The ultra-orthodox had taken over Jerusalem's City Hall in the person of Uri Lupolianski acting for a cadre of rabbis who gave him permission to do "this" or denied him permission to do "that."  This was 2003.  Formally, it was a democratically elected government.  And it's true that there were lots of matters about which the holy men did not care a fig.  Lupolianski succeeded Ehud Olmert, a man who dealt with the religious as any mayor of a demographically intricate modern city has to deal with a big and dug-in minority.  Most Arabs don't vote in Jerusalem municipal elections because they don't recognize (or pretend out of fear not to recognize) Israeli sovereignty in the city.  Still, they are maybe one third of the city and Olmert treated them fairly, actually more fairly that Teddy Kollek who had a better reputation for good relations with the Arabs.  Olmert also deeply enriched the culture of the city, despite the exodus of secular people towards Tel Aviv and other places in the middle of the hopelessly tiny country.

Olmert became deputy prime minister to Ariel Sharon (still alive, at this writing) and then succeeded him when the old soldier was felled by a silencing stroke.  In the meantime, Lupolianski was in power.  The first sign of his ascendancy was that the city suddenly was mired in its own dirt.  Quite literally.  And not just the Arab parts of the city but all of the Jewish neighborhoods, as well.  The mayor's ultra-orthodox ur-constituents didn't seem to mind at all.  They are not known for their immaculate habits.  And neither are the Arabs.  I'll stop here.

Some of the rabbis decided that Lupolianski had done his service.  He would go back to doing whatever he did before.  After some struggle, the ultra-orthodox rabbis (the non-Zionist ones and for the most part not Hassidic ones either) designated Meir Porush, the scion of a line of rabbis, very strict in their observance of Jewish law and defining themselves as "fearful" of God.  

Nir Barkat, a Jerusalem resident and retired high tech entrepreneur, was one of his opponents, and he was the candidate who was the victor in the race last week.  He is also a friend of mine, and I have been a financial supporter of his philanthropy "Start-up Jerusalem," a reform effort to bring employment, investment and more tolerance to the holy city.  This is an inadequate short-hand for the movement.  Barkat was in an elite unit of the Israel Defense Forces, a seriously elite unit. Porush keeps his young men out of the I.D.F. altogether.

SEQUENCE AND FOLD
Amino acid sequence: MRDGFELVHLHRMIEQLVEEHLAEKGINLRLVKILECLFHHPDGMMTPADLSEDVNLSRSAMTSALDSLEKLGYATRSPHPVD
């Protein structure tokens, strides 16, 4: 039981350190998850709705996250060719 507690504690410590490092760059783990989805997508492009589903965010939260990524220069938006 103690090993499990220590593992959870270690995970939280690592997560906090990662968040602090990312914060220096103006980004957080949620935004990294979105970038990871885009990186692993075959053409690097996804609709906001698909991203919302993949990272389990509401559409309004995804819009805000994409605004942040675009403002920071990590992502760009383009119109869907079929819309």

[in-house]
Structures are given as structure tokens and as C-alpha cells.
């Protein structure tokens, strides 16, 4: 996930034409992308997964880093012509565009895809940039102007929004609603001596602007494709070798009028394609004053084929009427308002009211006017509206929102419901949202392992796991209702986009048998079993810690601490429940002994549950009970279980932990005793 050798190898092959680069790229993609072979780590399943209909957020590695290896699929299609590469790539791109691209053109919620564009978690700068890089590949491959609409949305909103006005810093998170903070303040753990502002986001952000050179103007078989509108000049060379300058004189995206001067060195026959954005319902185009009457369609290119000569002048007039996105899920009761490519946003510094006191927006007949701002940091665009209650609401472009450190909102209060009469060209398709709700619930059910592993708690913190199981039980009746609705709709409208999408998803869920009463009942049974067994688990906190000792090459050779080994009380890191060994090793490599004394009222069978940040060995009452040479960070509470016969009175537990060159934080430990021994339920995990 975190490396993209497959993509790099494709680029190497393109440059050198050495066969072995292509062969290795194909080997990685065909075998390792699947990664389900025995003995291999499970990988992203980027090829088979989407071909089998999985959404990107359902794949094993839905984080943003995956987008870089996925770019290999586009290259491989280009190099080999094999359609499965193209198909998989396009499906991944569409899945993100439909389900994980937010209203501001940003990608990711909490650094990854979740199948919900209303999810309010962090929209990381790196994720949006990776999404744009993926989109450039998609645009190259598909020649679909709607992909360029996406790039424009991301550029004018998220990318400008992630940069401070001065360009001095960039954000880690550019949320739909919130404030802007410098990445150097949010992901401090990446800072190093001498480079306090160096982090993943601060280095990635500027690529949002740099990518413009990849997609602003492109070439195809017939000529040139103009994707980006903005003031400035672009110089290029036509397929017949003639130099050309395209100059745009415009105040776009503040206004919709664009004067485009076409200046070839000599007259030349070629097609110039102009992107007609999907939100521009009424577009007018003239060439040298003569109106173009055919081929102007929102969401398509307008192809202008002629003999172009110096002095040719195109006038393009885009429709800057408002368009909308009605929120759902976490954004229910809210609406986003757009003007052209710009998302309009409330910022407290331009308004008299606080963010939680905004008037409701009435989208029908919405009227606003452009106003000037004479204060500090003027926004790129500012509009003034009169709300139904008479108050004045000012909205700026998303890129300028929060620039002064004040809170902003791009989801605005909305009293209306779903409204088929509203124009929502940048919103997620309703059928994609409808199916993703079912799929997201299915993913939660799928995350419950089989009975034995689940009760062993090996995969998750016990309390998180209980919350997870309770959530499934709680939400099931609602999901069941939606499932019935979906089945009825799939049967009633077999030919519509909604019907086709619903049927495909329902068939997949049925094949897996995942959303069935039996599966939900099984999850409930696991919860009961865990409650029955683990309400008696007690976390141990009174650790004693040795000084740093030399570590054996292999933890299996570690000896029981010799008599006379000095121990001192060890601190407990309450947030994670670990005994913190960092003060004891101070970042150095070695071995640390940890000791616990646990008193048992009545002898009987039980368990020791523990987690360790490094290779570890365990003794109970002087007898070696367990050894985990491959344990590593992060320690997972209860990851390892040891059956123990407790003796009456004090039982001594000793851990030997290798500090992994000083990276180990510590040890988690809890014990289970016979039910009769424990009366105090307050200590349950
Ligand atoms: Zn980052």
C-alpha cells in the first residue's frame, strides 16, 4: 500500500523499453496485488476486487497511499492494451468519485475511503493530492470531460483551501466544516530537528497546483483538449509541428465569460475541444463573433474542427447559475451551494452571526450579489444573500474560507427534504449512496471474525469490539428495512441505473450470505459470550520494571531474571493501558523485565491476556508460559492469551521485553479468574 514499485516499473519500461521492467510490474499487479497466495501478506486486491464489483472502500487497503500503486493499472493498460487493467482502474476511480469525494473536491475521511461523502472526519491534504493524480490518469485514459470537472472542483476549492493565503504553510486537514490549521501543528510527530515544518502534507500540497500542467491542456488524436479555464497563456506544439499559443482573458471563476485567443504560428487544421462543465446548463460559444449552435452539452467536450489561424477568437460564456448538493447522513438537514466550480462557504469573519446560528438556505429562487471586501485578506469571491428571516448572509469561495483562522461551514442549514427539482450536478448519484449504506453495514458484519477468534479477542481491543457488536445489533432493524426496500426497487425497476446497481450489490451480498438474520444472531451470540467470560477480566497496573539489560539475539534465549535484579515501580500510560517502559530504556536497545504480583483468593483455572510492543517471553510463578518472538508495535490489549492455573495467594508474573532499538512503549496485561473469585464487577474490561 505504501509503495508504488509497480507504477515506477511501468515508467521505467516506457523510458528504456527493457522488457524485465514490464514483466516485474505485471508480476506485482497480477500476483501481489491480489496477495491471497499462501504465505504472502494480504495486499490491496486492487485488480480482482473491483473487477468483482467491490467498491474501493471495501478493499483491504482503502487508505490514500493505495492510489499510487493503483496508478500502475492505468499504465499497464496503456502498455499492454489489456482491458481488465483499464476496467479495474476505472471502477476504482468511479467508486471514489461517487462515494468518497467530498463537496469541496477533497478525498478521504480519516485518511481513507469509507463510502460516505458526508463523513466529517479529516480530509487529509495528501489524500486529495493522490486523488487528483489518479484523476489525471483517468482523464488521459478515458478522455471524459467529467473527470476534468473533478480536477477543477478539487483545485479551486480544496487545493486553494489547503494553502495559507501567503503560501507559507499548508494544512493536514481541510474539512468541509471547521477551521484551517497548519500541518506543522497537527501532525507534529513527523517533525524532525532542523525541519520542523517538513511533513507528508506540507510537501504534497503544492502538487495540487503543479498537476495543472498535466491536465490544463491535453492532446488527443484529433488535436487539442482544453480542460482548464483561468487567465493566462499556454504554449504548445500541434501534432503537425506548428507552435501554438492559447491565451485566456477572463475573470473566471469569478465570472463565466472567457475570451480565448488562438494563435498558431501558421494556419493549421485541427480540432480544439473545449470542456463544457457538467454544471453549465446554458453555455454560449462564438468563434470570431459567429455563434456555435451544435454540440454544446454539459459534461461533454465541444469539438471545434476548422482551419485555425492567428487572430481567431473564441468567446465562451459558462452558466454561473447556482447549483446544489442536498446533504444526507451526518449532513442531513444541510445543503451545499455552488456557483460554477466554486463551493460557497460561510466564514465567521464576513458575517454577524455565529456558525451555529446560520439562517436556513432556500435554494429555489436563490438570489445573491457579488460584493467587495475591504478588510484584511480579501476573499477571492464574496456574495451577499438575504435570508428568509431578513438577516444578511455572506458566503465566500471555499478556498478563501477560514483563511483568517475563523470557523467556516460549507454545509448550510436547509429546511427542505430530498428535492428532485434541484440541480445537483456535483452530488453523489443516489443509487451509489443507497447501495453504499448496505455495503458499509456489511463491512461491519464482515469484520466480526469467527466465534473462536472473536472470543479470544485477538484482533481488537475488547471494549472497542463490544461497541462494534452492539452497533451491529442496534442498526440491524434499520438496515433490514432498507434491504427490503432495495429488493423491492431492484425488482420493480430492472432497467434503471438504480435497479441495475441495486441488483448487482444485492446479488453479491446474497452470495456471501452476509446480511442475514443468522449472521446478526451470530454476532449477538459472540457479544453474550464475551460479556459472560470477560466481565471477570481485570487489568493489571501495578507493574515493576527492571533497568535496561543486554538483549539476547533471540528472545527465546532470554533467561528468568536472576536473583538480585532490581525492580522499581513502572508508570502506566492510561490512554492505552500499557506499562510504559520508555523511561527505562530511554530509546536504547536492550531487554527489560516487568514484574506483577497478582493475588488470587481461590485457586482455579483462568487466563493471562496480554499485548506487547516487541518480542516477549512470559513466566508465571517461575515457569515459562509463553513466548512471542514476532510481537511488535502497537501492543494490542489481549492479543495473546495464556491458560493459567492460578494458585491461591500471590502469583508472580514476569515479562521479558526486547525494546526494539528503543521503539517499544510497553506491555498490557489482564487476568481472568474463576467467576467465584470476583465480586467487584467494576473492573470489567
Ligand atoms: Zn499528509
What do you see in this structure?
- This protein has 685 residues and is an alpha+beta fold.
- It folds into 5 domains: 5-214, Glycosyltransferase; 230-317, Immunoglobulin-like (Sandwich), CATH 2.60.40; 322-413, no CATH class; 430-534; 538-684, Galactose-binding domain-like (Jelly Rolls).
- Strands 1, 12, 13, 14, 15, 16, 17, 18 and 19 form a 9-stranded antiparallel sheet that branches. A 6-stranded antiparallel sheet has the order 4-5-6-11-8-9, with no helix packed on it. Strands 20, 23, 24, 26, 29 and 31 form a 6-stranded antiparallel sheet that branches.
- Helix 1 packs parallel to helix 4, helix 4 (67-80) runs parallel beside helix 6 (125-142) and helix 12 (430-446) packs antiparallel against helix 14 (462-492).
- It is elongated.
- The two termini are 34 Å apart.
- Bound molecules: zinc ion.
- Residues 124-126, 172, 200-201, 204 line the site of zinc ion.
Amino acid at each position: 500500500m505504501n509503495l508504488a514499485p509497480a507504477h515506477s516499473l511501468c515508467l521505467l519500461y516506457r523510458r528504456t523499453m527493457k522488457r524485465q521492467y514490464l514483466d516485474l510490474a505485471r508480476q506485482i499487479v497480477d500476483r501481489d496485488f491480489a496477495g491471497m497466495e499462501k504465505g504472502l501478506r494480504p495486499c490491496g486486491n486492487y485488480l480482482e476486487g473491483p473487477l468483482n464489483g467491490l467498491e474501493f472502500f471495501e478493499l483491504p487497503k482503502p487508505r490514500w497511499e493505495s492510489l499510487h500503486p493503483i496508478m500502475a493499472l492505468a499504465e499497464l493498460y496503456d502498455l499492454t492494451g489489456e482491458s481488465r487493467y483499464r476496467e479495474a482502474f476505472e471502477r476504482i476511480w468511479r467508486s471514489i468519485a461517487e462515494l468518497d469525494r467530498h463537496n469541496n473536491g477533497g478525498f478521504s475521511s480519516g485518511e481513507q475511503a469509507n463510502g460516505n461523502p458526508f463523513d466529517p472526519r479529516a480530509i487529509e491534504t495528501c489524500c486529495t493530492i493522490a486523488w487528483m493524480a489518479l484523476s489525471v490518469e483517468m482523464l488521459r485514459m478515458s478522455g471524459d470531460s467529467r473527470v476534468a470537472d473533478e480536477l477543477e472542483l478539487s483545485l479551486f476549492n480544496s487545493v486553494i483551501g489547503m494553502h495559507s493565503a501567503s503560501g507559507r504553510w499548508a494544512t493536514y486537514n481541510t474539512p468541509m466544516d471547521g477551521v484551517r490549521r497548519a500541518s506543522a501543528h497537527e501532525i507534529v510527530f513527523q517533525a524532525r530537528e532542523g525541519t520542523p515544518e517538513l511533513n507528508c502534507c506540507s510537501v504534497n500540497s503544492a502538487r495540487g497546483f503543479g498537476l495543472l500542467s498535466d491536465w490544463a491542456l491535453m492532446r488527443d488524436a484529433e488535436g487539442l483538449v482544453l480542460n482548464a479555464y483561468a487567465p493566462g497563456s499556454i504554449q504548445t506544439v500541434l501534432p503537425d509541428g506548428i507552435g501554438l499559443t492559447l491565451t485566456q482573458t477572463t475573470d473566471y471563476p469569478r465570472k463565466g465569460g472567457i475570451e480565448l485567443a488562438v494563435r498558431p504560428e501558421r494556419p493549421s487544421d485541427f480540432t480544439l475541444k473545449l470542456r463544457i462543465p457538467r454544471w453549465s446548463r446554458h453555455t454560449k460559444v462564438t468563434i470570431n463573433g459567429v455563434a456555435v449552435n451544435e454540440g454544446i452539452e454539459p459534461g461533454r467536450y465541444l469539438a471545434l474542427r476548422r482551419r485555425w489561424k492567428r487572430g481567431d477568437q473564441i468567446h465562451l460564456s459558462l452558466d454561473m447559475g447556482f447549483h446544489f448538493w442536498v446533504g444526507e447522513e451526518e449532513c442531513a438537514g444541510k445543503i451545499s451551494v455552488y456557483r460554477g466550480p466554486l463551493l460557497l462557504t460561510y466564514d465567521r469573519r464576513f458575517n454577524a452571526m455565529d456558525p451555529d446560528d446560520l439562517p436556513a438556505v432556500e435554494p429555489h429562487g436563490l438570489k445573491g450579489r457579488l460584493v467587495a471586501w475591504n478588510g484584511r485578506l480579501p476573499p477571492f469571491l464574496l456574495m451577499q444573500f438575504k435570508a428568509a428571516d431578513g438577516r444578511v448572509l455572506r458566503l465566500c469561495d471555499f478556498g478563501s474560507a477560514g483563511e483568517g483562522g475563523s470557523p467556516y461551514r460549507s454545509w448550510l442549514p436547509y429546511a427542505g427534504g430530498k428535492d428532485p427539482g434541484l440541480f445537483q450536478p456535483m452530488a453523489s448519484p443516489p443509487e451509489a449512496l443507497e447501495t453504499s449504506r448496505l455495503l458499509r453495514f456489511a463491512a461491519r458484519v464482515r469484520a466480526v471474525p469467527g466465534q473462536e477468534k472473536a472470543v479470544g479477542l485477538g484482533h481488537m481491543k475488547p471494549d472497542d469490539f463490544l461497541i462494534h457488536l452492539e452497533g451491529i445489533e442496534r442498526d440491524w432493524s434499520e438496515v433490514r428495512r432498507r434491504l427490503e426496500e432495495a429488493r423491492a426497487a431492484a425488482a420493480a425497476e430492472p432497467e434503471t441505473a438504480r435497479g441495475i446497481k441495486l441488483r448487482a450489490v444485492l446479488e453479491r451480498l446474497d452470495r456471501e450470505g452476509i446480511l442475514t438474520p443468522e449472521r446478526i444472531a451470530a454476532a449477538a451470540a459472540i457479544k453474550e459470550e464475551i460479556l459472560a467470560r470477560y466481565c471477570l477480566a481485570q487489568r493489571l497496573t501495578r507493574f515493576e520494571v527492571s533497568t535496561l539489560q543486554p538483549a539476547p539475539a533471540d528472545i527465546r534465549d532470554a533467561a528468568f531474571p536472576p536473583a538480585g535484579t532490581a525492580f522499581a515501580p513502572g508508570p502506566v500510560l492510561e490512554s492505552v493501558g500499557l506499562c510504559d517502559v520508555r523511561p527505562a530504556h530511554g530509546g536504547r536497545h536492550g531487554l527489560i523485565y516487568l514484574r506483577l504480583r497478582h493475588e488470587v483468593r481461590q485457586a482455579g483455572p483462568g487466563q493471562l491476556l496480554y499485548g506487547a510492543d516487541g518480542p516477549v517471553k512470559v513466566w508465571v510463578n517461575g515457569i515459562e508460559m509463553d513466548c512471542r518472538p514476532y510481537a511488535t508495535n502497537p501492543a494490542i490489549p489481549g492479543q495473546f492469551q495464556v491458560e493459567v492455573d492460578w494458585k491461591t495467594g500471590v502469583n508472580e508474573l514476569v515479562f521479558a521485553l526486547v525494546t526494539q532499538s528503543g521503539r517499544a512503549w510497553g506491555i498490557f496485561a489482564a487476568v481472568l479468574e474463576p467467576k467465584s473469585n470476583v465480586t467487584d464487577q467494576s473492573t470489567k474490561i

Barkat is a social liberal, a free enterprise tactician and an environmentalist.  Mostly he is a modernist.  Tobias Buck of the FT and a few other journalists deeply antagonistic to Israel have called him a "rightist."  Why?  Because he does not believe that the Palestinians would keep the peace of Jerusalem.  I agree with him.  But I come to a different conclusion from him.  Let the Arabs in the eastern sections of the city make their lives with Palestine.  In the meantime, Israel should build where they can around the city in the race for numbers and for space as the Palestinians have done for decades.

There was another candidate in the election who received 7% of the vote.  He is Arkady Gaydamark, a Russian zillionaire, most of whose votes came from the few Arabs who did vote.  This is inexplicable.  Gaydamark has lost many of his billions during the last few weeks.  I suspect this is the end of his political career.  Good riddance.

Among the reasons why Rabbi Porush lost was that many Hassidim -looser in style, happier in outlook, actually less doctrinaire in thinking- did not vote for him.  He had insulted one of their luminaries, the dynastic rabbi of Gur, the leader of the Gerrer Hassidim, the ones with the brown coats, silk stockings and fur hats.  Other Hassidim followed them into opposition.  And when I say "followed" I mean followed.  The rabbi says, the followers do.  Or as a Yiddish folk song has it, "Az der rebbe zingt zingen ale chassidimlach."  "As the rabbi sings singing also are all of his chassidim."

The defection of the Hassidim was what made the difference in the polling.  The only place place in the American press you read this was the Los Angeles Times.  It is represents an important split among the ultra-orthodox.  That the Hassidim would vote for a free thinker is a significant event in the Holy City which is also the capital of Israel.  Good luck to Nir Barkat.